“However, many of these photos are misused for promotional purposes. There have been many cases where they went to a public forum and had a photo taken with a well-known personality or credible person. Then, they post it online or use it in their promotional materials, insinuating or mis-representing that they have a partnership or collaboration with that person,” says Ting.
“These operators are also known to participate in financial industry and banking events organised at four and five-star hotels, which makes it very hard for investors to distinguish whether the schemes are genuine. They are very good at marketing and being aggressive and even appear on TV shows or featured in newspapers.”
Ting says investors should always refer to Bank Negara’s Financial Consumer Alert List, which is available on the regulator’s official website. They should also refer to the Securities Commission Malaysia.
He says if investors are willing to put in the extra effort and research the companies behind the schemes, they will find that most of them are shell companies with very little paid-up capital and the registered names are proxies. The public should also request more information on the company operating a scheme.
“It is always a good practice to request full company details, including its licence, before checking with the Companies Commission of Malaysia (CCM) and other relevant authorities,” says Ting.
There are several red flags that the public should be aware of. “For example, when the main promoter of the scheme is neither the director nor a shareholder of the company, or the paid-up capital is small,” he says.
“It is also telling when the business description of the company does not match what it is doing. The public should be wary of such companies.”
Ting says it is worrying if the company is not registered in Malaysia. “It is even worse if it does not have a local company or claims to be an agent of a foreign company,” he points out. That is because the participants of the scheme will not be able to take action against the company under Malaysian laws.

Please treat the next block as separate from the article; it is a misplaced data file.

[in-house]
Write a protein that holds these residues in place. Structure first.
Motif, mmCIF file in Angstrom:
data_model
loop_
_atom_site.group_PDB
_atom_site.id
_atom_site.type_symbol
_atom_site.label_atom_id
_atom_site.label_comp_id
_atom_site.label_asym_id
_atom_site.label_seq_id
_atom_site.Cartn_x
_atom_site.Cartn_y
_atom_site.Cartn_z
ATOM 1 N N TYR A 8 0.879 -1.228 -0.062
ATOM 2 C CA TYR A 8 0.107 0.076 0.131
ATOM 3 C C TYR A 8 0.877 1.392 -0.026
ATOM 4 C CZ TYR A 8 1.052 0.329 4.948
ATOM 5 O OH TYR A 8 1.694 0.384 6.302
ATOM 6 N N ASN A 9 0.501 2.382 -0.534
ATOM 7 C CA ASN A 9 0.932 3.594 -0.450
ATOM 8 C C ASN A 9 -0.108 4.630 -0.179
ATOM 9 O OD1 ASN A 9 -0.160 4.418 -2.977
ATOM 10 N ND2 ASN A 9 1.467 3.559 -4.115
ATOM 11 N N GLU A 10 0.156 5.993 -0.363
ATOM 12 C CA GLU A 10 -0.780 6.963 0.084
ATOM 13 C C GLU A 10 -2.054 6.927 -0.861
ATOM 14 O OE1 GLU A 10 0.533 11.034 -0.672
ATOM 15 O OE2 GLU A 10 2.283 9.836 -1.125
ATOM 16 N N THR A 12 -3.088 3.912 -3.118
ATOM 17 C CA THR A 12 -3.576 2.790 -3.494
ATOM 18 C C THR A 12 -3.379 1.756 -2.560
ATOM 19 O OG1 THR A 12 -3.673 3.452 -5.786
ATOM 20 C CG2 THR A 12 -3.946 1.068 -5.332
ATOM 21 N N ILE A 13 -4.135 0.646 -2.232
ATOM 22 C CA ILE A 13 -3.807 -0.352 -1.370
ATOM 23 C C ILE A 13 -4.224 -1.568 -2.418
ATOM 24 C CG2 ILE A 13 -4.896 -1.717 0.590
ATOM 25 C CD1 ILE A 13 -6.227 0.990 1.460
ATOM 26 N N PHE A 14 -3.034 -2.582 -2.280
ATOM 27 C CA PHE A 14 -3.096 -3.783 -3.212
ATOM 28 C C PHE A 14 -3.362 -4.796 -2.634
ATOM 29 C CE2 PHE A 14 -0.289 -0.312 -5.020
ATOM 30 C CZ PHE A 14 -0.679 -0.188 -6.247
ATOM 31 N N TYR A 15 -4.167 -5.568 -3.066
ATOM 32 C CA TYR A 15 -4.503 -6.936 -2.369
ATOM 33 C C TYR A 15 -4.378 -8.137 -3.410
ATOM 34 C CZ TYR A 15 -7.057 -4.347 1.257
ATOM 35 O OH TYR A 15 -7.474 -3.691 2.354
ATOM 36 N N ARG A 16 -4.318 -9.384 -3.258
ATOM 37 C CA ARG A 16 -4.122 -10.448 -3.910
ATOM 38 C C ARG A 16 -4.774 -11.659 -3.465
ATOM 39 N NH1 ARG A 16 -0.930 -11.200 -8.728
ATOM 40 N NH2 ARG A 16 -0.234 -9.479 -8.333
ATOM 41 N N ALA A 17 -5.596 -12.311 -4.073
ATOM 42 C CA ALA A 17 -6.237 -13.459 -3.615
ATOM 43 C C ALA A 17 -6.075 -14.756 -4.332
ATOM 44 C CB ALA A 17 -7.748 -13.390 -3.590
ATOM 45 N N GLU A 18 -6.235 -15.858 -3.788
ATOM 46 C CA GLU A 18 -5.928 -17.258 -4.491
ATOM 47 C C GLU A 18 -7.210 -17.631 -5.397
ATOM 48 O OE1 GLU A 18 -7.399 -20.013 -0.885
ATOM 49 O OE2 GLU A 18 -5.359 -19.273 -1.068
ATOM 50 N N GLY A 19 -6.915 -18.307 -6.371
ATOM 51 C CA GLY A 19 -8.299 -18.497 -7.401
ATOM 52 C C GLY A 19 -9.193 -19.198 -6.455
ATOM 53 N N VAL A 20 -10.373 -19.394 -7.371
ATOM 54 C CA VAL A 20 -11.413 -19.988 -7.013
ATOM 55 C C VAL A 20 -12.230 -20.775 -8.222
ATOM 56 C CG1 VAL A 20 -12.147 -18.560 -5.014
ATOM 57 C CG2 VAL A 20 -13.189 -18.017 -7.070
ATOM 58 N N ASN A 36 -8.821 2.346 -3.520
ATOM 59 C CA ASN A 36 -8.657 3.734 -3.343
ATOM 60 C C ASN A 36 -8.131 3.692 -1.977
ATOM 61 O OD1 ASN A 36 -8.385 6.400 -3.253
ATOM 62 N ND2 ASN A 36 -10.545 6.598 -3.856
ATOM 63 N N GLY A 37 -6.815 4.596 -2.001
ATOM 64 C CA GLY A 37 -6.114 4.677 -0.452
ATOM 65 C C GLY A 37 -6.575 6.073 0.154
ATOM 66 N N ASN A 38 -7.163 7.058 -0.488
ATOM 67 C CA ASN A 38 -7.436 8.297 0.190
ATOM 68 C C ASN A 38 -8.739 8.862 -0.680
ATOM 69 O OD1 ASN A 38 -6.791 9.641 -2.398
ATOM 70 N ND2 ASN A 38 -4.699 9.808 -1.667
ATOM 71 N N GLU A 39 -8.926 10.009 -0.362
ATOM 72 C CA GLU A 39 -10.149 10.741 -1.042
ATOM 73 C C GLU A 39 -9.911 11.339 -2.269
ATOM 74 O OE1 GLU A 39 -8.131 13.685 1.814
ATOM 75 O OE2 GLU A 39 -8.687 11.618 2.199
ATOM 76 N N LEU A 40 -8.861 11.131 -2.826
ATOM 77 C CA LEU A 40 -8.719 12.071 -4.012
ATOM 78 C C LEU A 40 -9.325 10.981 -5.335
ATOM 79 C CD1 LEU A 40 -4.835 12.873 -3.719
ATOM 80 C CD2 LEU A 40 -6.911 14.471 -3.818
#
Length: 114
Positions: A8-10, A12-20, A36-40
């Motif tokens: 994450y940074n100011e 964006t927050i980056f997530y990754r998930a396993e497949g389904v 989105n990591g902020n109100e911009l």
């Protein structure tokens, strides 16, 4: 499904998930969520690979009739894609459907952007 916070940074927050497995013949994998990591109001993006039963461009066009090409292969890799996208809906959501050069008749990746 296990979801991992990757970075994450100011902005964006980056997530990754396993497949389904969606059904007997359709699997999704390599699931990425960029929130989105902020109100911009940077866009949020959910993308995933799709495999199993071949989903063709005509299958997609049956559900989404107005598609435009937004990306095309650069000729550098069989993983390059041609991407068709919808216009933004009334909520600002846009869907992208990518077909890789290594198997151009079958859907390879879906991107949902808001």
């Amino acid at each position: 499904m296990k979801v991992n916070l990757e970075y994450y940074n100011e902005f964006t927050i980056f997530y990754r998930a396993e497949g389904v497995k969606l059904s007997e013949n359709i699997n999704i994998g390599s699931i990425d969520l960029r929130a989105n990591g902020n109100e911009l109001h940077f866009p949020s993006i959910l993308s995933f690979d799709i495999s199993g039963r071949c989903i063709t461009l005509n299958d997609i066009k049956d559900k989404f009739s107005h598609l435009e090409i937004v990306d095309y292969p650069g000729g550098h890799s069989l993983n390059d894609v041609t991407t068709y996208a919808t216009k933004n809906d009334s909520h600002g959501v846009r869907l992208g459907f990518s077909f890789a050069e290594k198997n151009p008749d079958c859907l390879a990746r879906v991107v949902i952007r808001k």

Jason agrees with Ting. In his case, nobody knew who the operator was and who sent them messages every day. Also, as the company behind the scheme was incorporated overseas and registered using proxies, there was no way for the investors to pin down the culprit.
“There was really nothing much we could do. And even if there were, we wouldn’t do it because of the embarrassment. Imagine, if I were to start a business in the future, why would I want to be associated with a scam?” says Jason.
Just like investing in stocks, it is important to know the people behind the scheme, he says. Also, the people should be directors or shareholders of the company.
“The best case scenario is that you can talk to them face to face. Or at least, the person’s information can be traced online,” he adds.
“If a person does not want to reveal his real identity, it only shows one thing — he does not want to take full responsibility for the consequences that could happen in the future. It is as simple as that.”
However, it is still very hard for the public to spot scams and resist the temptation of high returns, says Bernard. Also, the operators of illegal schemes are usually very sophisticated.
GET YOURSELF EDUCATED
Those who are interested in trading cryptocurrencies on exchanges should equip themselves with technical knowledge so that they can see the value of the different technologies incorporated into the cryptocurrencies and blockchains, says Jason.
Unlike many who shy away from investments after getting burnt, he decided to learn more about cryptocurrencies. “I was intrigued and became passionate about the subject. I spent at least two hours every day reading up on it,” he says.
Jason quit his full-time job as a digital marketer this year and is now actively trading cryptocurrencies. His investments have doubled in the past three months, so he has decided to focus on this for now.